Until the introduction of the Advanced Encryption Standard (AES) in 2001, the Data Encryption Standard (DES) was the most widely used encryption scheme. DES was issued in 1977 by the National Bureau of Standards, now the National Institute of Standards and Technology (NIST), as Federal Information Processing Standard 46 (FIPS PUB 46). The algorithm itself is referred to as the Data Encryption Algorithm (DEA). For DEA, data are encrypted in 64-bit blocks using a 56-bit key. The algorithm transforms 64-bit input in a series of steps into a 64-bitoutput. The same steps, with the same key, are used to reverse the encryption.
Over the years, DES became the dominant symmetric encryption algorithm, especially in financial applications. In 1994, NIST reaffirmed DES for federal use for another five years; NIST recommended the use of DES for applications other than the protection of classified information. In 1999, NIST issued a new version of its standard (FIPS PUB 46-3) that indicated that DES should be used only for legacy systems and that triple DES (which in essence involves repeating the DES algorithm three times on the plaintext using two or three different keys to produce the ciphertext) be used.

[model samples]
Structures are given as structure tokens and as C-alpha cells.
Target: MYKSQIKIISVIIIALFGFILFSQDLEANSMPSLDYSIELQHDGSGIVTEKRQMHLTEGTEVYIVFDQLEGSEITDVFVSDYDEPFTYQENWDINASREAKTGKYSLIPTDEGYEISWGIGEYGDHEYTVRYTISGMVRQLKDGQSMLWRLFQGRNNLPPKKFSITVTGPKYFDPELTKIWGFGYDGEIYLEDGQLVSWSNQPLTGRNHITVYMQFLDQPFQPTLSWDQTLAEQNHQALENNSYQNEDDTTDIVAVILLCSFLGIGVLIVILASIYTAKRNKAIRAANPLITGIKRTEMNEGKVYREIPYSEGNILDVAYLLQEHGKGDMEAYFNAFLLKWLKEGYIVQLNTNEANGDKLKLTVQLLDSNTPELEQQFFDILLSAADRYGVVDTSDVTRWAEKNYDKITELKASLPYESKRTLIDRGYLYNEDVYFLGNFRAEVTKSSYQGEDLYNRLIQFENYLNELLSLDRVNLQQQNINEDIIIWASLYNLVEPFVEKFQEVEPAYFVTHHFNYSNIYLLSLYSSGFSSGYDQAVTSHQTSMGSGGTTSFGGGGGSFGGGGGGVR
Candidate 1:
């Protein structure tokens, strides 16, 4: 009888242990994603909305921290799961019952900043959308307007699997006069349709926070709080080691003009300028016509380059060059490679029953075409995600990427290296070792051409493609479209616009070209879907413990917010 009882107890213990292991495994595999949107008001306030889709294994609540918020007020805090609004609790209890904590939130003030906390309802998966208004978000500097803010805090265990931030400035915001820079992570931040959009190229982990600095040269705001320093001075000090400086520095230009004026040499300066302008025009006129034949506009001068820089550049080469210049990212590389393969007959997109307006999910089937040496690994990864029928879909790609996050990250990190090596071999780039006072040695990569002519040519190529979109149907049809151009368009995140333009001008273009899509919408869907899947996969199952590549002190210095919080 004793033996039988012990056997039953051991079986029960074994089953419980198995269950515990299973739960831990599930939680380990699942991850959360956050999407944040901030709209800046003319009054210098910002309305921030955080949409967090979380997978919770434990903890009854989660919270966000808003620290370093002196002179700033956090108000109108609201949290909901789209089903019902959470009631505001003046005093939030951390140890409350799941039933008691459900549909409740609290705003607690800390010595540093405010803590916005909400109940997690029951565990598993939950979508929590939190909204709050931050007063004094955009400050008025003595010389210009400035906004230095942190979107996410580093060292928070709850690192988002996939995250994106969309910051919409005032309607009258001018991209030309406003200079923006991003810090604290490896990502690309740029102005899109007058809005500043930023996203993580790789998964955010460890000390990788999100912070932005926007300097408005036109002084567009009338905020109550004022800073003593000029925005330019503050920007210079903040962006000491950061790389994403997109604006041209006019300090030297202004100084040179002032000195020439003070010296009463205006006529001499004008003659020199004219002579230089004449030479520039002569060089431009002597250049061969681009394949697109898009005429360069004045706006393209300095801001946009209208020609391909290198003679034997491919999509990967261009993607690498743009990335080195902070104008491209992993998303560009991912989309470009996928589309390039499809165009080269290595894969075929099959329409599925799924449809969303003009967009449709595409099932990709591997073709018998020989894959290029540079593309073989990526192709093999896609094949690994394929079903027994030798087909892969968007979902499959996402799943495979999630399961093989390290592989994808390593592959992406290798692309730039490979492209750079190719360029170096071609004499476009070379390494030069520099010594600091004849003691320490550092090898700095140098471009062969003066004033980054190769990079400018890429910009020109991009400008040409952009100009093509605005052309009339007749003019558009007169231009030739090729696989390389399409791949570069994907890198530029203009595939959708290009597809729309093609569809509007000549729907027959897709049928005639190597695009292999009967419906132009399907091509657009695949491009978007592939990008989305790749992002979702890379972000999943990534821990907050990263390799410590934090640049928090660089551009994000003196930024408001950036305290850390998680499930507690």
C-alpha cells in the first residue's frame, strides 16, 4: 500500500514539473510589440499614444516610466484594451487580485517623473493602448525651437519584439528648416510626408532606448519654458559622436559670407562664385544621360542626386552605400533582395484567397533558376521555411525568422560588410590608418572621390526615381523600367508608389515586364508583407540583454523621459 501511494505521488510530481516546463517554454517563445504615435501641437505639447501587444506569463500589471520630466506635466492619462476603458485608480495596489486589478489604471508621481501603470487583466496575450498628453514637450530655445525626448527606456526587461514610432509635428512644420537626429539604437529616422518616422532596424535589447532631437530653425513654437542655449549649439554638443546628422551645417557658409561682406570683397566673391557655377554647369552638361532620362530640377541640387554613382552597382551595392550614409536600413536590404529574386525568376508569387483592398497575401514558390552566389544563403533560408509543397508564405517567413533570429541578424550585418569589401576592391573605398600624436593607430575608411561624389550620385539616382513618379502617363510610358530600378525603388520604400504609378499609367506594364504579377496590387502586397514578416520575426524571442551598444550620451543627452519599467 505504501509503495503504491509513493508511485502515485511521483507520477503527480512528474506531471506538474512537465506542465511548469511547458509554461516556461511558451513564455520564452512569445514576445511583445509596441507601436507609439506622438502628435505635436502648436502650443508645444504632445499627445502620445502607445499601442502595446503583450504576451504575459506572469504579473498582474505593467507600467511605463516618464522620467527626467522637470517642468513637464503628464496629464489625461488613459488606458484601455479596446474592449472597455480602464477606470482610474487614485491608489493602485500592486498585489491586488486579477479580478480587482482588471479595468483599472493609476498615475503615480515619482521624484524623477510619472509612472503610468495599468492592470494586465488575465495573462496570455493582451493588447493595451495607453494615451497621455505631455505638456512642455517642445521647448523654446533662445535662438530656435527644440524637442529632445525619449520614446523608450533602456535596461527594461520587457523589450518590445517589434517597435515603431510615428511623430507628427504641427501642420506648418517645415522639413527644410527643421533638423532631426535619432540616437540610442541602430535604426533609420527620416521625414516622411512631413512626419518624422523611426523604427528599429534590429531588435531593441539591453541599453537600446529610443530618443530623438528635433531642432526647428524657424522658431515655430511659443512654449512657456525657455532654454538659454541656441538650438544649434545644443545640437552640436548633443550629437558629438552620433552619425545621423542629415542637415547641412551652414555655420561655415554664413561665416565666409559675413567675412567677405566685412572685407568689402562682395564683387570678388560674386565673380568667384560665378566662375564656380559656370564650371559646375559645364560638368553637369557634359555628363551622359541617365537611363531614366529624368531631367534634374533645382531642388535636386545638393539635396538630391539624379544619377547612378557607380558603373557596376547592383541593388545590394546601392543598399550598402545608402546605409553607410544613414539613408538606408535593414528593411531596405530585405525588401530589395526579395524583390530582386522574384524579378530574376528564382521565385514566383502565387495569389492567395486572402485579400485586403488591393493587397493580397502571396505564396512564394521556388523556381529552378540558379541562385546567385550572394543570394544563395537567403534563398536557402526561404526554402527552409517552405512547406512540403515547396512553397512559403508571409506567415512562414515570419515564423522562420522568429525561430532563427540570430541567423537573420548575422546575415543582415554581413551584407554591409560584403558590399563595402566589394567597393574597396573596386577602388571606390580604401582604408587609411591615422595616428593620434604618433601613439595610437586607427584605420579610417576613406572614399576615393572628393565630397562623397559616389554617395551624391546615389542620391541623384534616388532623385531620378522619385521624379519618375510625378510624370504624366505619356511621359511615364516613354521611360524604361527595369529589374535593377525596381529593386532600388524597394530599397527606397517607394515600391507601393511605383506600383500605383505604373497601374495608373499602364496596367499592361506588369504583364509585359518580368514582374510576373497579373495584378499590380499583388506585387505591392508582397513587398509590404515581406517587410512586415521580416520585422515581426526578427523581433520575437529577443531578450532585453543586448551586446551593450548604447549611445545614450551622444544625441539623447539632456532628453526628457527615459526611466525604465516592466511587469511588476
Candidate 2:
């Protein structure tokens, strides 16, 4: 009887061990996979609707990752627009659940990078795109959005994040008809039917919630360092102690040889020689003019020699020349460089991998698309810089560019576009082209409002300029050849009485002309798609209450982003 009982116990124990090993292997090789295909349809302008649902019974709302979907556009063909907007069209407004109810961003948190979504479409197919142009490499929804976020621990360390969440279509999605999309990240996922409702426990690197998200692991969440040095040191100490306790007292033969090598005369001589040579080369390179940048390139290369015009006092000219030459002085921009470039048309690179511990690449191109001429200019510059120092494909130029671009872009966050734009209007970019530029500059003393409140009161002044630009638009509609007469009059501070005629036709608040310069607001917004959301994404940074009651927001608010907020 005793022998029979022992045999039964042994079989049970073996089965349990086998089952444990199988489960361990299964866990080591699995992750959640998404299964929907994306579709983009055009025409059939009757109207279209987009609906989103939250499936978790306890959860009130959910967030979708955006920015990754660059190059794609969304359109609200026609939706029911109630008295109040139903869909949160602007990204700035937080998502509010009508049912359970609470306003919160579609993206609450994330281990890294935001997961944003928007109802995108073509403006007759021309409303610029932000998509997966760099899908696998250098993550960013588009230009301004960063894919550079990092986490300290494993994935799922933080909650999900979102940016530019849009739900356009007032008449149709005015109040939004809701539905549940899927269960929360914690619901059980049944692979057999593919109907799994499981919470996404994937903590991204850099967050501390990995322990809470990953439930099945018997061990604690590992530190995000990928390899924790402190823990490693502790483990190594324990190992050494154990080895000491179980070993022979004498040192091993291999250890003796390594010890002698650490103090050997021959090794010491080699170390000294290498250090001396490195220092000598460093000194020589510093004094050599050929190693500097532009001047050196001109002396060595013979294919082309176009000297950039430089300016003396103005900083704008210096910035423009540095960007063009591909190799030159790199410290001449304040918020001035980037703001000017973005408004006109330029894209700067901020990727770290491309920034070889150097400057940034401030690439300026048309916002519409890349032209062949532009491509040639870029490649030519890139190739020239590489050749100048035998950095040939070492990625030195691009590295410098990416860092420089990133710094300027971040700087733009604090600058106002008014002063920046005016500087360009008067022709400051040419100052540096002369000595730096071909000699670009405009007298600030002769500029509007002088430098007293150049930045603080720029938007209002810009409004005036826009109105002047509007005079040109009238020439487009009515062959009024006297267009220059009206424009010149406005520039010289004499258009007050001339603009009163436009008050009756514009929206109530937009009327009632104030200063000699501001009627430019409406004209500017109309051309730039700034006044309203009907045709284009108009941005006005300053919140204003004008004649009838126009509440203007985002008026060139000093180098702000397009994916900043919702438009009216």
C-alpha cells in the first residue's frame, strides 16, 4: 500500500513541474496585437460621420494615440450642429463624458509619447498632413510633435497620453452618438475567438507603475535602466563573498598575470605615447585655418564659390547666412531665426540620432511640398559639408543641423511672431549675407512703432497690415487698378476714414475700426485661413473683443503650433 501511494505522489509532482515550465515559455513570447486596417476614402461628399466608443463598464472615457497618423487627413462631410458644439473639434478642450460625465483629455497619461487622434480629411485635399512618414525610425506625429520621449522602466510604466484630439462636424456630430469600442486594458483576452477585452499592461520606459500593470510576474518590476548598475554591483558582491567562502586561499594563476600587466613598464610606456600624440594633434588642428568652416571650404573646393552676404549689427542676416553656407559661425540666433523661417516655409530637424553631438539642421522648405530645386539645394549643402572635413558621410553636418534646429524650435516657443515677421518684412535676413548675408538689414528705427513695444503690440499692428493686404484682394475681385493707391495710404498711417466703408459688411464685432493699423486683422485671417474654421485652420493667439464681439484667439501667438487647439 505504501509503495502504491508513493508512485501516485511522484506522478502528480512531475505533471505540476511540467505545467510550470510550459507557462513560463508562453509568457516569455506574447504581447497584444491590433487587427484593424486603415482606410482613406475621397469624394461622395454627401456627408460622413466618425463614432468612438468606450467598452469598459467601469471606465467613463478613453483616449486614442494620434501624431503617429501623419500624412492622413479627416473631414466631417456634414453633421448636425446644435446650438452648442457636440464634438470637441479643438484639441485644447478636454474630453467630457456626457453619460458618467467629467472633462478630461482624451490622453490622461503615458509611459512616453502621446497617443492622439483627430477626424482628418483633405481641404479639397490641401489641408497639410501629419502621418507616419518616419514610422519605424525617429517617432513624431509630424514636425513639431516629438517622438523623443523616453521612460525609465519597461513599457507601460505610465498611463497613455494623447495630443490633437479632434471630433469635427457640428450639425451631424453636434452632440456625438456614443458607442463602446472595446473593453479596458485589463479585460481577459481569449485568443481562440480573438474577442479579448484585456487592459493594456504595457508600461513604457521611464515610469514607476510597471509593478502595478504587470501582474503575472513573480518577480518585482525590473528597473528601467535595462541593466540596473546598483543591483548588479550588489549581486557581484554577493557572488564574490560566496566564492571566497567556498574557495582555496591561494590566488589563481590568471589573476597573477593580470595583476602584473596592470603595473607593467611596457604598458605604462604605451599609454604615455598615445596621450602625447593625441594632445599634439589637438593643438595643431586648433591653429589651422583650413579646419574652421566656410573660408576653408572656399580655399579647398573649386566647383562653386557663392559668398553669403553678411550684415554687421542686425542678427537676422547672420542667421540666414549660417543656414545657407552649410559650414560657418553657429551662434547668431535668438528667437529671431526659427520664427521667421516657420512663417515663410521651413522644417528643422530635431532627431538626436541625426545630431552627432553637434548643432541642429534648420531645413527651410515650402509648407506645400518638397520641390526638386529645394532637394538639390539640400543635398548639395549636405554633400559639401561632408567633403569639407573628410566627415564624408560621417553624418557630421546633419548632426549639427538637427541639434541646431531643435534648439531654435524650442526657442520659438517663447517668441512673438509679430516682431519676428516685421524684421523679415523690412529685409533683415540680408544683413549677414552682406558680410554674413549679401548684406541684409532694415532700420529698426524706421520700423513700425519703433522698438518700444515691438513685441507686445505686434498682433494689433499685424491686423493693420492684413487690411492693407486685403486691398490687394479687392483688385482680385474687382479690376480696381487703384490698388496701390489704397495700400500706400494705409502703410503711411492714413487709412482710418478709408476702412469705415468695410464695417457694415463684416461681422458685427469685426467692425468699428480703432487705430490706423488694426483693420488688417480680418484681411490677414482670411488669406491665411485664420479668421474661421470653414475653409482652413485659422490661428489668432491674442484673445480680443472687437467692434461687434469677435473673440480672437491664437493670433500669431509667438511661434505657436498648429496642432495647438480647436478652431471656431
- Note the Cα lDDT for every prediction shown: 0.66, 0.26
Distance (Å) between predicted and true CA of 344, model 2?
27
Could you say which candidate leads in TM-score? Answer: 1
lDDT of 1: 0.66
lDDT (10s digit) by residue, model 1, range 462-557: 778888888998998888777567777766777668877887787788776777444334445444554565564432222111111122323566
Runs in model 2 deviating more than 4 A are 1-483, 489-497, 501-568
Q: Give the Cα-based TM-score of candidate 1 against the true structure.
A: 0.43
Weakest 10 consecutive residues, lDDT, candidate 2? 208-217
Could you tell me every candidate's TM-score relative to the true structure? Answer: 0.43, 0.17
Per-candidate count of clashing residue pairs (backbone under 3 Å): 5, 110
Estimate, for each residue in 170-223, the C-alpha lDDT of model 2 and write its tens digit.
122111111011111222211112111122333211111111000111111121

The overall scheme for DES encryption is illustrated in Figure 3.5. As with any encryption scheme, there are two inputs to the encryption function: the plaintext to be encrypted and the key.
In this case, the plaintext must be 64 bits in length and the key is 56 bits in length. Looking at the left-hand side of the figure, we can see that the processing of the plaintext proceeds in three phases. First, the 64-bit plaintext passes through an initial permutation (IP) that rearranges the bits to produce the permuted input.
This is followed by a phase consisting of sixteen rounds of the same function, which involves both permutation and substitution functions. The output of the last (sixteenth) round consists of 64 bits that are a function of the input plaintext and the key. The left and right halves of the output are swapped to produce the preoutput. Finally, the preoutput is passed through a permutation [IP -1] that is the inverse of the initial permutation function, to produce the 64-bit ciphertext. With the exception of the initial and final permutations, DES has the exact structure of a Feistel cipher.
The right-hand portion of Figure 3.5 shows the way in which the 56-bit key is used. Initially, the key is passed through a permutation function. Then, for each of the sixteen rounds, a subkey (Ki) is produced by the combination of a left circular shift and a permutation. The permutation function is the same for each round, but a different subkey is produced because of the repeated shifts of the key bits.
As with any Feistel cipher, decryption uses the same algorithm as encryption, except that the application of the subkeys is reversed. Additionally, the initial and final permutations are reversed.
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